From 2008 through 2012, ad networks ruled. We worked closely with display media titans like (now a division of AOL), ValueClick (now Conversant) and others, relying on them for monetizing our inventory that wasn't committed for premium brand business.


During this time, I managed all of Care2's ad network business, while I focused on premium, agency and direct deals. My days were spent optimizing our networks to maximize eCPMs, communicating with brands and agencies (media planners and buyers) on direct deals, acquiring creative and tags, and communicating with account managers, and ad ops. All of this in addition to developing strategies and packages for direct advertisers, creating excel sheets and powerpoints for agency pitches, and assisting my colleagues in our business development team with strategies, decks and assets for pitching their non-profit clients.


In 2012, the time had come to really pay attention to video as it had been embraced by publishers and advertisers alike, and was growing rapidly. Having no video content on Care2, we had no preroll inventory to sell. So I sought solutions that could allow us to tap into the lucrative video CPMs, even in spite of having no video content. The result was deploying an "in read" technology that split the page on scroll and loaded a video ad in the content of the page. This strategy is now widely adopted and embraced by most online publishers. 


Around the same time, mobile was leaping onto the scene. Publishers were seeing mobile traffic cannibalizing desktop traffic at an alarming rate. Publisher ad revenues are tied to premium desktop CPMs. With desktop CPM rates at $10 and mobile CPM rates at $1, this presented a concern. We needed a solid mobile strategy and fast. I coordinated with the rest of the team to make sure that our site was mobile optimized and able to serve mobile banners, then sought deals with mobile ad vendors to ensure monetization of the growing mobile traffic.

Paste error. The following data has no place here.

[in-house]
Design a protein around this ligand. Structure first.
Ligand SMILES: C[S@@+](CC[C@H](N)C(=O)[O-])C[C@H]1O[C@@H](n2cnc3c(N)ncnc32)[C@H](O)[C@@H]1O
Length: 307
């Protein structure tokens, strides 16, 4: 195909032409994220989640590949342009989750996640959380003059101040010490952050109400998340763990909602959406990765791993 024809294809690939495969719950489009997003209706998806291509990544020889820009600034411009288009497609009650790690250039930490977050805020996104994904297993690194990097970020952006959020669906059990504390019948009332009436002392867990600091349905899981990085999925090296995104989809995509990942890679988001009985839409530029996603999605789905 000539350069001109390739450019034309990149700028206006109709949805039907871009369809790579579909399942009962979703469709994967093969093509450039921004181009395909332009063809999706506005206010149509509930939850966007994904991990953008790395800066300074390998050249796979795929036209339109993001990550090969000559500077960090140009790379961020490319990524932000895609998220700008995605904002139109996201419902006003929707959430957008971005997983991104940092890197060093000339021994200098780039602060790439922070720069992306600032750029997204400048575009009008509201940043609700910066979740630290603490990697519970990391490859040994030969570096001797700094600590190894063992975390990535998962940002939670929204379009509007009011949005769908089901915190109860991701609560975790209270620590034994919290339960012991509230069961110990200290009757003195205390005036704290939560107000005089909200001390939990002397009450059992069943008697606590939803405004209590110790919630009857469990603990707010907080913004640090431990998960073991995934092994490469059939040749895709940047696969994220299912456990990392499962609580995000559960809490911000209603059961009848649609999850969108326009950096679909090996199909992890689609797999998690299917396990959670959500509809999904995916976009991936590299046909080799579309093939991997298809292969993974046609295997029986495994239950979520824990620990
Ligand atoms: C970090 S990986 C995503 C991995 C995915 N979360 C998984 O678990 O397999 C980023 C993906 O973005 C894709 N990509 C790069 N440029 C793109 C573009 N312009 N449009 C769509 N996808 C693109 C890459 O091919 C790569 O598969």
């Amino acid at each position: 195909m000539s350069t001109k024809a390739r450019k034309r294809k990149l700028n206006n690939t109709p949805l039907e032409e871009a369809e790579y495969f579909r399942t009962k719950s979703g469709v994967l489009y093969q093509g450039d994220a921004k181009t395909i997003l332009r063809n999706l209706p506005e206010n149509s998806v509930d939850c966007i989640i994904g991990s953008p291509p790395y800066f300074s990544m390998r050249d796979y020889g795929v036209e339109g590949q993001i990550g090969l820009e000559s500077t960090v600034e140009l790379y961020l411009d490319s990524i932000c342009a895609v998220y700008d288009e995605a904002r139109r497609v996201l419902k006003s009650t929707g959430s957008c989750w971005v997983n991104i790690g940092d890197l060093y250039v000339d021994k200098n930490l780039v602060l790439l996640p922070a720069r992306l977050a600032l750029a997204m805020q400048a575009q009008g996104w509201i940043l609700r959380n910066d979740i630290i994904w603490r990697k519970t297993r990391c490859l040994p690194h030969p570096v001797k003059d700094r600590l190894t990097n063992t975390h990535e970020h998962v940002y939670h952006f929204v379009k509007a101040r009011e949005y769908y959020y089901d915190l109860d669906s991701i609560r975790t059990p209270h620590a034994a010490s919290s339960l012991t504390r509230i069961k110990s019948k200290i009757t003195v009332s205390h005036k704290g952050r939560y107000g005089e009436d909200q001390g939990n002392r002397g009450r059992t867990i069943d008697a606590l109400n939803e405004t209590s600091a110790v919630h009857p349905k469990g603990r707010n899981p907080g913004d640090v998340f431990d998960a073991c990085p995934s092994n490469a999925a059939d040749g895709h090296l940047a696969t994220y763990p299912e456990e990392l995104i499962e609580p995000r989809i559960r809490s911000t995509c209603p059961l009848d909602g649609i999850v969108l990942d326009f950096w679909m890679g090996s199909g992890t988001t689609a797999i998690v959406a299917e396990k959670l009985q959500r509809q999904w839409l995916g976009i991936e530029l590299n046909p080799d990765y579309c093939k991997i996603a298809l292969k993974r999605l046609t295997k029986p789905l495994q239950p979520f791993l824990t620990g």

It was also around this time that RTB and programmatic buying and selling took over and signaled the end of the "era of ad networks." Ad networks either evolved and embraced RTB or vanished. With this new technology came transparency, and vastly improved the ability of buyers to purchase premium, quality inventory, with high viewability, at scale, and at a steep discount to publisher direct rates. Marketers quickly embraced this new technology and many advertisers shifted most, if not all of their budgets, into buying media programmatically. As a result, publishers needed to evolve to embrace programmatic or risk watching their ad revenues decline precipitously. 


Seeing what was coming, I moved quickly to position Care2 to welcome and fully leverage programmatic, by partnering with key industry leaders in the space. 


Now, in 2018, Care2 offers standard display, high impact display, video, mobile, native and email opportunities to global advertisers both direct and programmatically. Mobile, is around 78% of all traffic to


It has been quite an amazing journey. Exciting, challenging, educating, and very rewarding. As a significant shareholder, I remain engaged with Care2 as a consultant, fully invested in their success. However, my full attention now turns to SRAX, as I strive to make the same impact that I made with Care2, leveraging all of my knowledge, experience, talent, abilities, and relationships to help SRAX take it to the next level.


If you would like to learn more, or just connect and share a few moments discussing the industry, its past, its future, or even what the weather is like at "the world's most beautiful beaches" (where our office is located), please reach out. I would value connecting and getting to know you.